Rich history of the ancient town of Risan thriving on a mix of different cultures — Illyrian, Greek, Roman, Slovenian, Turkish, Venetian and Austro-Hungarian. The town was founded by the Illyrian tribe Rhizonite and got the name Rhizinium or Rhizon. The first mention of it dates back to the middle of the III century BC.
For a long time, it has been the main settlement in Boka. In fact, the entire bay was called Sinus Rhizonikus. The Illyrian coin was the currency in Rhizon. The patron of the town is the Illyrian god of war Medaurus, he is portrayed as a horseman with a spear.
The first rulers of Risan were King Agron and his wife, Queen Teuta. In the years 229-228 BC the Romans conquered the town and Teuta jumped into the sea from a cliff above her beloved city, choosing death over surender.
In 2000, large-scale archeological excavations were started in Risan. New interesting artefacts help us to understand the Illyrian period. For example, in 2016, archaeologists from the University of Warsaw discovered the Queen Teuta Palace, the world's first palace of the Illyrian kings.
Pliny the Younger describes Rhizinium as a fortified city of 10,000 Roman citizens. At his time, it was a big developed settlement. Today, the population of Risan is about 2,000 people, this is a small charming town that carefully preserves its historical heritage.
The Legacy of Queen Teuta
The ancient citadel above Risan used to be a residence of Queen Teuta and King Agron of the tribe of Ardia. After the death of the king, his wife took the power, and the period of her reign is considered the golden time of the Illyrian state.
Queen Teuta tried to make her part of the Bay a safe and secure place. She invited Pirusti tribe to settle nearby, and that settlement evolve into modern Perast.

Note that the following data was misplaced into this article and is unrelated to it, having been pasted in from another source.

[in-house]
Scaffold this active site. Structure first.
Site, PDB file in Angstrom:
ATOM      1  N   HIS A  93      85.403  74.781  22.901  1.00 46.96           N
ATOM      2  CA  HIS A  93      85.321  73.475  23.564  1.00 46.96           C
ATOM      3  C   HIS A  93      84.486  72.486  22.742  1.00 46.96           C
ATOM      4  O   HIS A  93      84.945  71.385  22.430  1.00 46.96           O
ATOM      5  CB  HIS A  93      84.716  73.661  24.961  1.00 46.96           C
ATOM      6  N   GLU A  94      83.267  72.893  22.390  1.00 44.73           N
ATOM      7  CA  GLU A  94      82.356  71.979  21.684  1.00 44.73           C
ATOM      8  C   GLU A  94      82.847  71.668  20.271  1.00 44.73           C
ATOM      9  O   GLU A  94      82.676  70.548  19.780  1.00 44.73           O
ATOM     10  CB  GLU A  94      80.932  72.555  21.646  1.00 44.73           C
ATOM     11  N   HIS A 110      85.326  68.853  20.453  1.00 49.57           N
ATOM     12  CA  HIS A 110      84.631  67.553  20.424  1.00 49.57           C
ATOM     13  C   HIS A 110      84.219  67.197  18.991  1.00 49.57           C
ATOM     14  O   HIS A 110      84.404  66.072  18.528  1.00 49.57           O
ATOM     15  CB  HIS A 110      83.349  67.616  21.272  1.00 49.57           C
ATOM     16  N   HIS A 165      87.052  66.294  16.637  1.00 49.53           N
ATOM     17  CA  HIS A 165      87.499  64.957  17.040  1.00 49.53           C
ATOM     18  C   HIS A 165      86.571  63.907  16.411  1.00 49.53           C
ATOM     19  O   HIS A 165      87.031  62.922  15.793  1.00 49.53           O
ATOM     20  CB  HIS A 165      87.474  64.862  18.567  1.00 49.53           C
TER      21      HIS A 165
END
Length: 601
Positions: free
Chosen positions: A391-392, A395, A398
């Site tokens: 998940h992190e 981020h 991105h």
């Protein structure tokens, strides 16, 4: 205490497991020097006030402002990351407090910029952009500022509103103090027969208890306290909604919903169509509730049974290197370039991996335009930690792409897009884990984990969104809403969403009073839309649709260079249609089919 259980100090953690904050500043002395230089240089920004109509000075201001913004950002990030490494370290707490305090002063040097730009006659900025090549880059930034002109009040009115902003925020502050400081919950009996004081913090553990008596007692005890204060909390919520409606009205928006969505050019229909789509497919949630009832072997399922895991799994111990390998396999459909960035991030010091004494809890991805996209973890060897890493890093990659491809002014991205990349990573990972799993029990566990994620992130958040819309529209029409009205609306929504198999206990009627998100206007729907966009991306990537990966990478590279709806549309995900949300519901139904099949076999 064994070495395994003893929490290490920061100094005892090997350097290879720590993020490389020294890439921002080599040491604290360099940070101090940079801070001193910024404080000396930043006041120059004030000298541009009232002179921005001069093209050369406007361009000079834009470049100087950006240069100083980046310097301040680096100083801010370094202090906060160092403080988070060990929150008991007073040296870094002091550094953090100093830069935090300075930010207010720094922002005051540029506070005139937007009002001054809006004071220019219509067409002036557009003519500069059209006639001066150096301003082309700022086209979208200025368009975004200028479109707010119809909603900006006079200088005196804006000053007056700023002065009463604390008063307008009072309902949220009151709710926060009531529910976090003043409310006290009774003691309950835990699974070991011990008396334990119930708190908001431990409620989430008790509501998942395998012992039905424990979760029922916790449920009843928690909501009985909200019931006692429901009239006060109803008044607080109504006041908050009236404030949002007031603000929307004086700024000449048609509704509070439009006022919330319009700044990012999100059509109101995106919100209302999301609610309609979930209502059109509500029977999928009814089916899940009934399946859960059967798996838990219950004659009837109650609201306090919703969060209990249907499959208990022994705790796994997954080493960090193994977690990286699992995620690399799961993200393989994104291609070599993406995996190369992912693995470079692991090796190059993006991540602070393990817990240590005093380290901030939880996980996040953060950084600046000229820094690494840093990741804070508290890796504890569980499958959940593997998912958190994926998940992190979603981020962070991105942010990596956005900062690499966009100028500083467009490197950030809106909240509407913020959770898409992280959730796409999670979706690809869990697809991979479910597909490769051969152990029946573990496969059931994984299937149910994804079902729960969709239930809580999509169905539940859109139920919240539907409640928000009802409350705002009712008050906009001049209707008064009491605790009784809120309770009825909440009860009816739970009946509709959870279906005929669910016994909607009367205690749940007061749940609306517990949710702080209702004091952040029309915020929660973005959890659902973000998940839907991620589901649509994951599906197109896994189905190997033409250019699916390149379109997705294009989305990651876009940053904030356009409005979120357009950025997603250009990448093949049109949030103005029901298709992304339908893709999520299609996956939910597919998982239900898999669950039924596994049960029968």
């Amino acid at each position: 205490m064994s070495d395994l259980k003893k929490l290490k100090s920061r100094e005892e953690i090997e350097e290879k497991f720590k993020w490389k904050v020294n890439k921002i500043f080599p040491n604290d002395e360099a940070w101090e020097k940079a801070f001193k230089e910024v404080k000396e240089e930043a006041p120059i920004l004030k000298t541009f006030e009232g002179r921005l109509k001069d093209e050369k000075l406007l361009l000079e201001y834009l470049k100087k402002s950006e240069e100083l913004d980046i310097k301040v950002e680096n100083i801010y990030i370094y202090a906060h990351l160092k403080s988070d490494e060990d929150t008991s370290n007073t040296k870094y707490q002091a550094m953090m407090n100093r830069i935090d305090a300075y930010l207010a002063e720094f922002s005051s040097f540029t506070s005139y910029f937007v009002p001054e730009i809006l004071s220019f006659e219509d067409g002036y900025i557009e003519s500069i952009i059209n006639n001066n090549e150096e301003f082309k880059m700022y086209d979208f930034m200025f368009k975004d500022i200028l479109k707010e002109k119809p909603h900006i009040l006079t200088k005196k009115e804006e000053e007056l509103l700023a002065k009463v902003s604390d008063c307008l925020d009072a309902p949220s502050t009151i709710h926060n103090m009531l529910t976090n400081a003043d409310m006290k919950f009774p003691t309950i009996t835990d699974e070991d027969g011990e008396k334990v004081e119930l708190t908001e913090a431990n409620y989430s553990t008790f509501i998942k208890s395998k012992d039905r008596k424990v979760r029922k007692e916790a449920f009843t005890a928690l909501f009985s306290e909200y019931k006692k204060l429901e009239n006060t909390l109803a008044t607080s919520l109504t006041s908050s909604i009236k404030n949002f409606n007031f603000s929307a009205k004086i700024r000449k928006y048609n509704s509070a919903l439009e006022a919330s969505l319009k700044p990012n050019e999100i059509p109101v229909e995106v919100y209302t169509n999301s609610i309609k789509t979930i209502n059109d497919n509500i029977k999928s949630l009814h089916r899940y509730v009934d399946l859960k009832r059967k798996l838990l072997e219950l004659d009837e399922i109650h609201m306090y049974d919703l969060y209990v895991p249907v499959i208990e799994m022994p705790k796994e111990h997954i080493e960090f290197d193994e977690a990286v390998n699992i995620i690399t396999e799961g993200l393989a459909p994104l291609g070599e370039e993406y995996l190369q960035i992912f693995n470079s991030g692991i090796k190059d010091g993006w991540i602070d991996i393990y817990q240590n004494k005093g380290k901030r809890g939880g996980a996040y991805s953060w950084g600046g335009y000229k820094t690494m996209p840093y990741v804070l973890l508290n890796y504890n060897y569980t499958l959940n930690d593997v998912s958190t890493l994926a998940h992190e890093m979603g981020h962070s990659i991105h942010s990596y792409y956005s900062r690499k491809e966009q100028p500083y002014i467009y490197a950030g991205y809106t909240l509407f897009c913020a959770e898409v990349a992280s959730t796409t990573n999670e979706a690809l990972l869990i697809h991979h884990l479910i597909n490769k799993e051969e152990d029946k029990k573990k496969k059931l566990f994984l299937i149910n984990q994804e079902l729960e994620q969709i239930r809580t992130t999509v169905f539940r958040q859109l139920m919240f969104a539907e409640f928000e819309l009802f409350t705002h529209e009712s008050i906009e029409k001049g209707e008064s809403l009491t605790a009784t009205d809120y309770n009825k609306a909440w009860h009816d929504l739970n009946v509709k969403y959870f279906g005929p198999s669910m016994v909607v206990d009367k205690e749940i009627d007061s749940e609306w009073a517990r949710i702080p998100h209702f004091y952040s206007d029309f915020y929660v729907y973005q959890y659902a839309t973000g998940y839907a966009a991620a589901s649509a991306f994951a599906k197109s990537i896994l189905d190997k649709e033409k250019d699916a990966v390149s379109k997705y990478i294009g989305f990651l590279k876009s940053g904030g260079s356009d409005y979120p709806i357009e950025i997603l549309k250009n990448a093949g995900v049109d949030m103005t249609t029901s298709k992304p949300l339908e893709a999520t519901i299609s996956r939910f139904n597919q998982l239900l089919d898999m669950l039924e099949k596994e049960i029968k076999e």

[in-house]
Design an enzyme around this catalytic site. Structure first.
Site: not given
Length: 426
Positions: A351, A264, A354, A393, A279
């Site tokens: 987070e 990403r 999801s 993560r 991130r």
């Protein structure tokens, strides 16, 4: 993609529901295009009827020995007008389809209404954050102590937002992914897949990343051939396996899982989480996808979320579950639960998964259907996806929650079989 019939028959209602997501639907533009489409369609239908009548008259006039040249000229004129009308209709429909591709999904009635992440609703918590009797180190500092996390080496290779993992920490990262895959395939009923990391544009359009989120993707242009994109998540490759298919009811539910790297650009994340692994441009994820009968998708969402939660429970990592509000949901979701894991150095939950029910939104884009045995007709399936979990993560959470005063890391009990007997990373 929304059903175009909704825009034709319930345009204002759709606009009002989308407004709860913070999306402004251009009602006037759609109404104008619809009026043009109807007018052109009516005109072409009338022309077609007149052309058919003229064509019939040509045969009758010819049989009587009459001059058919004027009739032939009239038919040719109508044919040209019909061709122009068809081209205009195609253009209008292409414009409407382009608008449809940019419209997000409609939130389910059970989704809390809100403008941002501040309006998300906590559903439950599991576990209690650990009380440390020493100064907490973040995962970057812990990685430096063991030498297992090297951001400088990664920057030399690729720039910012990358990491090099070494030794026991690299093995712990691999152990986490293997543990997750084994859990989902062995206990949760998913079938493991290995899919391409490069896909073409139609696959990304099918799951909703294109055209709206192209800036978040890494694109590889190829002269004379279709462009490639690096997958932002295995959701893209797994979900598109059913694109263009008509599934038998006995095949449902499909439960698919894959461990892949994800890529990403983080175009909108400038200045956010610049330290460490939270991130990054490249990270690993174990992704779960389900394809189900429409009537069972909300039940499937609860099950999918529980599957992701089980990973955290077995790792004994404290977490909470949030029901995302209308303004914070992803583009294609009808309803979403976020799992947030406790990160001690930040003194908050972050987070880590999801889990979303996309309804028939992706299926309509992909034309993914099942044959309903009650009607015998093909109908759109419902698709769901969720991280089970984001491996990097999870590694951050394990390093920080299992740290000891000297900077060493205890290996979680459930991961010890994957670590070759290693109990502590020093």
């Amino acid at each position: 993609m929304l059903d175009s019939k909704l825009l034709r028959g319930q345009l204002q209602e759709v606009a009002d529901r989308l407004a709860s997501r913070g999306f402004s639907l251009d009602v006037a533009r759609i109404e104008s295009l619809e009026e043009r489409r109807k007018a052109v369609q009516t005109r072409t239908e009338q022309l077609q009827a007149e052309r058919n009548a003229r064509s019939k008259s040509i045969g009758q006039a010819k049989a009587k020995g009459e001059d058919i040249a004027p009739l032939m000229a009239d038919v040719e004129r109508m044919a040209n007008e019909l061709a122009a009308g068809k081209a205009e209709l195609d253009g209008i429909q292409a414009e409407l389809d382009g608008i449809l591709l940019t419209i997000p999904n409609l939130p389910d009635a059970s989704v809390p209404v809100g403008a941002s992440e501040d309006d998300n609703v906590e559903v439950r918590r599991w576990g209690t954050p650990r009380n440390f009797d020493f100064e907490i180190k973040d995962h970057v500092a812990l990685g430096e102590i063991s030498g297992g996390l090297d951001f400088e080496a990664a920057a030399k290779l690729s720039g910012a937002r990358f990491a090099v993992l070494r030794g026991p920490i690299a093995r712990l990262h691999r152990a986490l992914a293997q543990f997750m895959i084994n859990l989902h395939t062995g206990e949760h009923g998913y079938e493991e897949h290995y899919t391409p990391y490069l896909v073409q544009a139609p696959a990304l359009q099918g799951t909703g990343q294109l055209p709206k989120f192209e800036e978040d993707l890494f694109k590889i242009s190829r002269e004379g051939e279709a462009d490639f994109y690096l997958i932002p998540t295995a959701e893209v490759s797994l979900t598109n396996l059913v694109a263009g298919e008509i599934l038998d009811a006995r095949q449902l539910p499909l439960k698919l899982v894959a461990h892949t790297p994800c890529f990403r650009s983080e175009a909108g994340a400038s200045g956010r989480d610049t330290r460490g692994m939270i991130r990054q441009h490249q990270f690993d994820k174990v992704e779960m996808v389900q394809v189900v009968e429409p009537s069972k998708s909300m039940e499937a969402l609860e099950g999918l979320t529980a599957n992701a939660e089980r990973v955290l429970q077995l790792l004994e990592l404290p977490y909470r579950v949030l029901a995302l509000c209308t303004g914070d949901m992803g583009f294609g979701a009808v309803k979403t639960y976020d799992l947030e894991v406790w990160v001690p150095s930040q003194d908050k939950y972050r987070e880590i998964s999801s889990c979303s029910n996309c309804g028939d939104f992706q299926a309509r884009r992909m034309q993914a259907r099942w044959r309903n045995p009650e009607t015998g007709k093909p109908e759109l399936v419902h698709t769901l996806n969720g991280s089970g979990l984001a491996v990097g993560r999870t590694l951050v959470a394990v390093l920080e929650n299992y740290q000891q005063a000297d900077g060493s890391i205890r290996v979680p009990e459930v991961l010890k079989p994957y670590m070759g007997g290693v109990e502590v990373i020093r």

The Queen not only protected her lands, she also expanded them. Having come into conflict with the Greek colonists, she obtained a number of their villages. Her pirate ships terrified the entire Adriatic, threatening Greco-Roman trade routes.
However, this ultimately led to the end of the Illyrian period of Risan. The Romans started the war and stopped the impudent state and its fearless queen.
Queen Teuta and The Town of Oleanders
An old Roman road from Dubrovnik to Dyrrhachium (now the Albanian city of Durrës) passed through Konavle, Sutorina, Morinj and then stretched to Risan and Kotor. Time has erased this path, but it is easy to assume that the winding line of the contemporary Adriatic Highway repeats its curves.
Grand oleanders in glowing red and pink colors adorn the Risan’s section of the highway. According to legend, the oleanders attracted the Illyrians to this part of the Bay. The arrowheads, dipped in poisonous juice of those beautiful plants, were very powerful weapon, and the army of Teuta widely used this opportunity.
After a devastating earthquake in the VI century, the town of oleanders went under the water. Slavic and Avar tribes plundered the remains of Risan. Today, a beautiful hotel named after Queen Teuta stands on the spot of the Queen’s tragic death.
A very good reason to visit Risan — Roman mosaics dating from the II century AC. Unknown masters, day after day, picked up the colored pebbles in order to create the beauty that did not fade for millennia. The well-preserved mosaics formed a floor of an ancient villa.
According to archaeologists, the villa had an area of 790 square meters. There was an atrium — a garden with a rainwater pool.
Along the perimeter located the bedrooms. The mosaic images give us the information, for example, an ax could indicate that there was a weapon hall. And the Greek god of sleep Hypnos adorned, most likely, one of the bedrooms.
The Roman mosaics of Risan are perhaps the most famous tourist attraction in this part of Montenegro. The cost of visit is 2.5-5 euros.